Over-egging the puddingPosted: December 15, 2017 | Author: julesbirch | Filed under: Homelessness, Housebuilding, Social housing |Leave a comment
Originally posted as a column for Inside Housing on December 14.
Is a year that has seen a huge shift in the politics of housing ending with a return to business as usual?
The Grenfell fire is the obvious reason for the change in the terms of the housing debate but it is not the only one.
The prime minister’s party conference speech will be remembered for the prankster, the lost voice and the collapsing stage set but it did seem to mark the culmination of a shift from Help to Buy to help for all tenures. But just as her country is not quite working for everyone, so her social housing revolution may not be quite what it seems.
One clue, I think, lies in the way that parliamentary debate has returned to the bad old days of Eric Pickles and Grant Shapps in terms of the selective use of statistics. The first time I noticed this was at last week’s Communities and Local Government questions.
Alok Sharma seems a nice chap and has quietly impressed with his willingness to listen to tenants at consultations ahead of the social housing green paper. But asked about homes built for social rent last week, he boasted that: ‘Since 2010, nearly 128,000 homes for social rent have been built in England, and 118,000 have been built for affordable rent.’
That’s an answer that does not quite compute at first but check the statistics and he is perfectly correct – and totally misleading – at the same time.
The only reason he is correct is that the Conservative-led coalition inherited an affordable housing programme from Labour that included substantial investment in social rent. That delivered 40,000 social rent homes in 2010/11, 38,000 in 2011/12 and 18,000 in 2012/13.
In the meantime, as the minister well knows, Messrs Osborne, Pickles and Shapps cut the budget by two-thirds and diverted the money into affordable rent. The result is that just 5,000 additional social rent homes were provided in 2016/17,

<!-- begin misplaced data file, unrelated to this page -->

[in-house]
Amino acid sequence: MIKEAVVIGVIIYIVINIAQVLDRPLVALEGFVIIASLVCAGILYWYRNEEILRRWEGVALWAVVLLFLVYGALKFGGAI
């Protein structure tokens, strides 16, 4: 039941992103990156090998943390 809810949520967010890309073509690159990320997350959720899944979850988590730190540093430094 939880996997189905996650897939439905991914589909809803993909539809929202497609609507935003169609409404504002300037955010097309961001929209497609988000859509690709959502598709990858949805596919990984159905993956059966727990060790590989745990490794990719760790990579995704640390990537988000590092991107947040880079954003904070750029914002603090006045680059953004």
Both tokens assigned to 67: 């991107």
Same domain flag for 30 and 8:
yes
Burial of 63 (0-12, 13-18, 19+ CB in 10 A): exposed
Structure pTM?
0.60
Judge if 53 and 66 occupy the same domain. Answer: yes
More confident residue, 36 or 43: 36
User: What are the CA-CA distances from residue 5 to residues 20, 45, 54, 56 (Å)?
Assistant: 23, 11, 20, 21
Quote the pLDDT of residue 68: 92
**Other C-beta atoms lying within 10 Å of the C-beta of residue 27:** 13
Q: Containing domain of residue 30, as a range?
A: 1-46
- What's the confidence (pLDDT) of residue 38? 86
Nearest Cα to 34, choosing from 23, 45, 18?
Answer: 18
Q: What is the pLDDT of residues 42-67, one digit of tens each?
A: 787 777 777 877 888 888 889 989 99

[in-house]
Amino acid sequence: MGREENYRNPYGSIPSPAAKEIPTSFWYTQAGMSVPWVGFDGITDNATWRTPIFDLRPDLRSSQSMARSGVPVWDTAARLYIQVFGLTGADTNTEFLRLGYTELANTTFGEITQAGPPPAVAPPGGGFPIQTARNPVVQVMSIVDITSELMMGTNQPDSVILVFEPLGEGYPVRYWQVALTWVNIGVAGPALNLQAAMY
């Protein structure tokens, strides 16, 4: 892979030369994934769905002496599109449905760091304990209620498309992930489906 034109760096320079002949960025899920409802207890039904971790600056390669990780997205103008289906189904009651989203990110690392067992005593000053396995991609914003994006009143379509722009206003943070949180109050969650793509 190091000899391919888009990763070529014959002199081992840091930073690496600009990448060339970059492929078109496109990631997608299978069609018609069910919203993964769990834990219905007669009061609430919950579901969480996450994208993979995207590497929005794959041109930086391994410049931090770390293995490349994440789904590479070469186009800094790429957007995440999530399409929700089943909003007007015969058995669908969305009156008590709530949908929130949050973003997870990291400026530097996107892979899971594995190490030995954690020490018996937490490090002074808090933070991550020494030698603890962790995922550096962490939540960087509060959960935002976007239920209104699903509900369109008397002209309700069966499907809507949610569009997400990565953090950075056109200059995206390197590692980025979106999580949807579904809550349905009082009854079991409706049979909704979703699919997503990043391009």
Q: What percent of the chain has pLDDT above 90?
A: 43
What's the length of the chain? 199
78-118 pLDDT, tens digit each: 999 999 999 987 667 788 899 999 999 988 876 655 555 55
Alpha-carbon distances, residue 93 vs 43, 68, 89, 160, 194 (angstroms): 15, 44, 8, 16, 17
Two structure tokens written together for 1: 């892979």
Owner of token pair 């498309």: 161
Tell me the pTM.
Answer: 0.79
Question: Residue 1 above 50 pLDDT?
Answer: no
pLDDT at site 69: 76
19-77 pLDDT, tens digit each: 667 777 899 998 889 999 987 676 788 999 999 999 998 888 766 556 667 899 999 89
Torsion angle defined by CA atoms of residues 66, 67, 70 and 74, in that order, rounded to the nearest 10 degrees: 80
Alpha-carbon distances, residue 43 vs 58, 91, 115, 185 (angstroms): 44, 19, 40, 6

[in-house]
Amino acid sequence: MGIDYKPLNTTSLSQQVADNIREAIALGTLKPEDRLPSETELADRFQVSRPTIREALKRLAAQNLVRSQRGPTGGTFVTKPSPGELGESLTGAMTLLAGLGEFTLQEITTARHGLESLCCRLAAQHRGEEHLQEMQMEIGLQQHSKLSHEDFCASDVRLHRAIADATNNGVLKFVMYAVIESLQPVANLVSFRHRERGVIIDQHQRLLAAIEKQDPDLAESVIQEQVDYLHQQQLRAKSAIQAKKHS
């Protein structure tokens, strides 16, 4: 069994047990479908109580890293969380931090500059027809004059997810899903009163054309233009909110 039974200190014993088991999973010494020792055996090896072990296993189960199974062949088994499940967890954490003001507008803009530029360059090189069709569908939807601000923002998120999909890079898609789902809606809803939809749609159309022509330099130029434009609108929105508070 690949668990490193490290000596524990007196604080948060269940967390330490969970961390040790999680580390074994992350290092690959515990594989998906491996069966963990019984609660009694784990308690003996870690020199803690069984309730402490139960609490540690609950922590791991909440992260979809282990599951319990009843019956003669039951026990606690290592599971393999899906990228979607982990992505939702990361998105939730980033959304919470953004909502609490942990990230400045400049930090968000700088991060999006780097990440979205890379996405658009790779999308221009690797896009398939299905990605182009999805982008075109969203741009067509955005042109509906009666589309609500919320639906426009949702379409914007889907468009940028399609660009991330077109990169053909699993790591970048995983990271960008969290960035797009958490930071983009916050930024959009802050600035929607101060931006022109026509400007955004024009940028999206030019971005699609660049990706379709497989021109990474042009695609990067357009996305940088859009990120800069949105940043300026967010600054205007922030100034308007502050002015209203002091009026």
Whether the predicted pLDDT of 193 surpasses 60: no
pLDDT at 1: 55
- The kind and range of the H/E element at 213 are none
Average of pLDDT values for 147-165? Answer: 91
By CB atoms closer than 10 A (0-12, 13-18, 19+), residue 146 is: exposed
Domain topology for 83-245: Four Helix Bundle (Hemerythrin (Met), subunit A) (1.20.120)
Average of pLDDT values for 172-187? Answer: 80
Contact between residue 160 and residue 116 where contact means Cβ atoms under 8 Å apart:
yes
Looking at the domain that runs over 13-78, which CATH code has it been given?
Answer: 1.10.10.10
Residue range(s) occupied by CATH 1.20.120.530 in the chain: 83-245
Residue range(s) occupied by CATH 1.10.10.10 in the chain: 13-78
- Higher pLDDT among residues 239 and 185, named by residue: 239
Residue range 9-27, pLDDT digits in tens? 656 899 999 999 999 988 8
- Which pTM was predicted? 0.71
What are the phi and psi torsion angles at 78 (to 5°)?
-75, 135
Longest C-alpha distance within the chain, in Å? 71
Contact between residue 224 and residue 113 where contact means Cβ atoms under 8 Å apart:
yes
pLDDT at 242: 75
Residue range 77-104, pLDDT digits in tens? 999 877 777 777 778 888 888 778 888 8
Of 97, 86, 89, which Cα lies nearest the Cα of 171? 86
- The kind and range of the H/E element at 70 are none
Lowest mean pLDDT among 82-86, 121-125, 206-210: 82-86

Theresa May herself was playing the same game at the penultimate prime minister’s questions of the year.
There was ample opportunity as Jeremy Corbyn devoted all of his questions to housing but the prime minister responded with evasions and half-answers featuring statistics that were as misleading as they were correct.
His central attack was on the 50% rise in homelessness and doubling in rough sleeping seen since 2010. Could she pledge that 2018 would be the year when homelessness starts to go down again?
May boasted about funding and the Homelessness Reduction Act and attacked Labour’s record ‘when housebuilding went down by 45%, the number of homes bought and sold went down by 40% and social housing went down by 400,000’.
The first two are true if you blame Labour for the financial crisis and the third is correct but ignores the even steeper decline in social housing under the Conservatives before 1997 and after 2010.
Corbyn hit back with the 128,000 children in the UK in temporary accommodation at Christmas – would Christmas 2018 see fewer children without a home to call their own?
‘Of course we want every child to wake up in their own home, particularly at Christmas,’ said May. That’s why the government had allowed councils to place families in a broader range of accommodation, including the private rented sector, why it had changed the law so that families with children do not find themselves in B&Bs except in an emergency and why it had supported the Homelessness Reduction Act.